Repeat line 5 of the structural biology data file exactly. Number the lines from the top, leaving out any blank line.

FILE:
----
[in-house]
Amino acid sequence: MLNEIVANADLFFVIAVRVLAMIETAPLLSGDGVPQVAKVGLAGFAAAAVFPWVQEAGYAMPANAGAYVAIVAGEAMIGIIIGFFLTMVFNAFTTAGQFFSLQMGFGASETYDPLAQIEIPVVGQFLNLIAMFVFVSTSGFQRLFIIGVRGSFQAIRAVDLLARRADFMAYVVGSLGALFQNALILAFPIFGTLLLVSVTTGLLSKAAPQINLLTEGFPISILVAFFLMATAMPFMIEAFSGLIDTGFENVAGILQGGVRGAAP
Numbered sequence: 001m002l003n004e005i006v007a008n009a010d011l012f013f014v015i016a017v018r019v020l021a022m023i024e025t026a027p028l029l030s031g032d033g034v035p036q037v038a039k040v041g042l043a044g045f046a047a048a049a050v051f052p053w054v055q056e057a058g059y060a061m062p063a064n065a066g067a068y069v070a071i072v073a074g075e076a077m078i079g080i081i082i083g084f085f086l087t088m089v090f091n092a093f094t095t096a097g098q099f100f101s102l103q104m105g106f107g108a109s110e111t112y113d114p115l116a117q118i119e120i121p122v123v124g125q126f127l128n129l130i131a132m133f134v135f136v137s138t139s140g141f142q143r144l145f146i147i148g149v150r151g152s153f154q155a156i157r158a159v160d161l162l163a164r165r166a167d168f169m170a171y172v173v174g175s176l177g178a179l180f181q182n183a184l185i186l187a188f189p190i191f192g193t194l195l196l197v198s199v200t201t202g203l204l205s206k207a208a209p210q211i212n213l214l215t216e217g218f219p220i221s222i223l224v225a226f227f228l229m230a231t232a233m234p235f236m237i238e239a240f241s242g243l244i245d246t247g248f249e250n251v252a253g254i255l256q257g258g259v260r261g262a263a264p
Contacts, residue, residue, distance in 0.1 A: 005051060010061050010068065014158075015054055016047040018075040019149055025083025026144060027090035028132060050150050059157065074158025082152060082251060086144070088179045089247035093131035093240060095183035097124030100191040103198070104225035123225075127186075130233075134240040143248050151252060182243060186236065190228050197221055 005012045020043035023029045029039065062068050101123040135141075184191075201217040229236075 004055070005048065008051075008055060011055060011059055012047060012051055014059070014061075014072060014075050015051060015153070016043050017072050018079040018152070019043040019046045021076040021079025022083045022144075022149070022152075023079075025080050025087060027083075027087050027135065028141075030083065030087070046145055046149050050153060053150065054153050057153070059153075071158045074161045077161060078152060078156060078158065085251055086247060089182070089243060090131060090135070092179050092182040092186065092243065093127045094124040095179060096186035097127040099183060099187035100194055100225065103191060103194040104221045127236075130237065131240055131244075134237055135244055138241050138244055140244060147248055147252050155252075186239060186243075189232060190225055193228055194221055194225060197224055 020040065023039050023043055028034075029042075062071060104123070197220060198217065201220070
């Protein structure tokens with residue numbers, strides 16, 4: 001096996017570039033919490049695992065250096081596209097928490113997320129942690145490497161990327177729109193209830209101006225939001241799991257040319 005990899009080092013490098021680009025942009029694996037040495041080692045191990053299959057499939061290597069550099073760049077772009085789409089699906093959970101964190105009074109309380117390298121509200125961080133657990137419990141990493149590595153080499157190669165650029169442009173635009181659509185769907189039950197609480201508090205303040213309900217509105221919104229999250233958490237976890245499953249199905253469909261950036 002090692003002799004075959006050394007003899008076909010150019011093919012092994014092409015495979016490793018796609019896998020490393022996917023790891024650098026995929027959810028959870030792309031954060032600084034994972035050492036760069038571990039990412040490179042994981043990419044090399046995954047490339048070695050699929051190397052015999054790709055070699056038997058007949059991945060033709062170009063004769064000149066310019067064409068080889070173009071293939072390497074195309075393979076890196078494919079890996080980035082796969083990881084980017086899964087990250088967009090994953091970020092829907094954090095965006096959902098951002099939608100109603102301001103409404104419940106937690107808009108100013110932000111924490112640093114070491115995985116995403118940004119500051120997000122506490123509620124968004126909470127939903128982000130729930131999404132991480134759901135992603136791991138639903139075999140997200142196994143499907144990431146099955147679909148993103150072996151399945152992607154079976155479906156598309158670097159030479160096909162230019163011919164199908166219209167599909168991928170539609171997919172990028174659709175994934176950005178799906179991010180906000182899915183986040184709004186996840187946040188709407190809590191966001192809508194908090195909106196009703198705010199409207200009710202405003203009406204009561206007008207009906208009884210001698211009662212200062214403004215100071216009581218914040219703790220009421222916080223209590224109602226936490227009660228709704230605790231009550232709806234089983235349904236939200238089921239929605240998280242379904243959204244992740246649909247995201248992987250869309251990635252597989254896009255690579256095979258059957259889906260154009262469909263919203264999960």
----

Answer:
């Protein structure tokens with residue numbers, strides 16, 4: 001096996017570039033919490049695992065250096081596209097928490113997320129942690145490497161990327177729109193209830209101006225939001241799991257040319 005990899009080092013490098021680009025942009029694996037040495041080692045191990053299959057499939061290597069550099073760049077772009085789409089699906093959970101964190105009074109309380117390298121509200125961080133657990137419990141990493149590595153080499157190669165650029169442009173635009181659509185769907189039950197609480201508090205303040213309900217509105221919104229999250233958490237976890245499953249199905253469909261950036 002090692003002799004075959006050394007003899008076909010150019011093919012092994014092409015495979016490793018796609019896998020490393022996917023790891024650098026995929027959810028959870030792309031954060032600084034994972035050492036760069038571990039990412040490179042994981043990419044090399046995954047490339048070695050699929051190397052015999054790709055070699056038997058007949059991945060033709062170009063004769064000149066310019067064409068080889070173009071293939072390497074195309075393979076890196078494919079890996080980035082796969083990881084980017086899964087990250088967009090994953091970020092829907094954090095965006096959902098951002099939608100109603102301001103409404104419940106937690107808009108100013110932000111924490112640093114070491115995985116995403118940004119500051120997000122506490123509620124968004126909470127939903128982000130729930131999404132991480134759901135992603136791991138639903139075999140997200142196994143499907144990431146099955147679909148993103150072996151399945152992607154079976155479906156598309158670097159030479160096909162230019163011919164199908166219209167599909168991928170539609171997919172990028174659709175994934176950005178799906179991010180906000182899915183986040184709004186996840187946040188709407190809590191966001192809508194908090195909106196009703198705010199409207200009710202405003203009406204009561206007008207009906208009884210001698211009662212200062214403004215100071216009581218914040219703790220009421222916080223209590224109602226936490227009660228709704230605790231009550232709806234089983235349904236939200238089921239929605240998280242379904243959204244992740246649909247995201248992987250869309251990635252597989254896009255690579256095979258059957259889906260154009262469909263919203264999960």